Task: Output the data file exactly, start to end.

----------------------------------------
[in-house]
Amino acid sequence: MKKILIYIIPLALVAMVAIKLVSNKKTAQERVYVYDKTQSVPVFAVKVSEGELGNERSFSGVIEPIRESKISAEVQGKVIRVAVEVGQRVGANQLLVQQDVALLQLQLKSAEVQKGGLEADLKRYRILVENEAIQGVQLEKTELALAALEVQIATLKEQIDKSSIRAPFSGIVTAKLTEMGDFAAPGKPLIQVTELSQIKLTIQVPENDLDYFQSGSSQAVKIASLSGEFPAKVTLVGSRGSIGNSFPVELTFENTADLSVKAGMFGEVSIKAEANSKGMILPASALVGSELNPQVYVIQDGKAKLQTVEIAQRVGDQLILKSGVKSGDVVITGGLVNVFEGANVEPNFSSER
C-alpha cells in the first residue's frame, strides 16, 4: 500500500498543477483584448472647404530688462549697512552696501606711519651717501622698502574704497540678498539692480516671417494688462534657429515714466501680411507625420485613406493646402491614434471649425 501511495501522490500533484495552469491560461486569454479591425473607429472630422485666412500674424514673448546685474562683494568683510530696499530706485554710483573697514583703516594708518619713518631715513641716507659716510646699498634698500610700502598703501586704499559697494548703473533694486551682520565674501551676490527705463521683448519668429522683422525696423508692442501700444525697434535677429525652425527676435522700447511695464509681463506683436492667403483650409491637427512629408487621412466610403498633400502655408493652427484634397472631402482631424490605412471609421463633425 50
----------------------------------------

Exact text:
[in-house]
Amino acid sequence: MKKILIYIIPLALVAMVAIKLVSNKKTAQERVYVYDKTQSVPVFAVKVSEGELGNERSFSGVIEPIRESKISAEVQGKVIRVAVEVGQRVGANQLLVQQDVALLQLQLKSAEVQKGGLEADLKRYRILVENEAIQGVQLEKTELALAALEVQIATLKEQIDKSSIRAPFSGIVTAKLTEMGDFAAPGKPLIQVTELSQIKLTIQVPENDLDYFQSGSSQAVKIASLSGEFPAKVTLVGSRGSIGNSFPVELTFENTADLSVKAGMFGEVSIKAEANSKGMILPASALVGSELNPQVYVIQDGKAKLQTVEIAQRVGDQLILKSGVKSGDVVITGGLVNVFEGANVEPNFSSER
C-alpha cells in the first residue's frame, strides 16, 4: 500500500498543477483584448472647404530688462549697512552696501606711519651717501622698502574704497540678498539692480516671417494688462534657429515714466501680411507625420485613406493646402491614434471649425 501511495501522490500533484495552469491560461486569454479591425473607429472630422485666412500674424514673448546685474562683494568683510530696499530706485554710483573697514583703516594708518619713518631715513641716507659716510646699498634698500610700502598703501586704499559697494548703473533694486551682520565674501551676490527705463521683448519668429522683422525696423508692442501700444525697434535677429525652425527676435522700447511695464509681463506683436492667403483650409491637427512629408487621412466610403498633400502655408493652427484634397472631402482631424490605412471609421463633425 50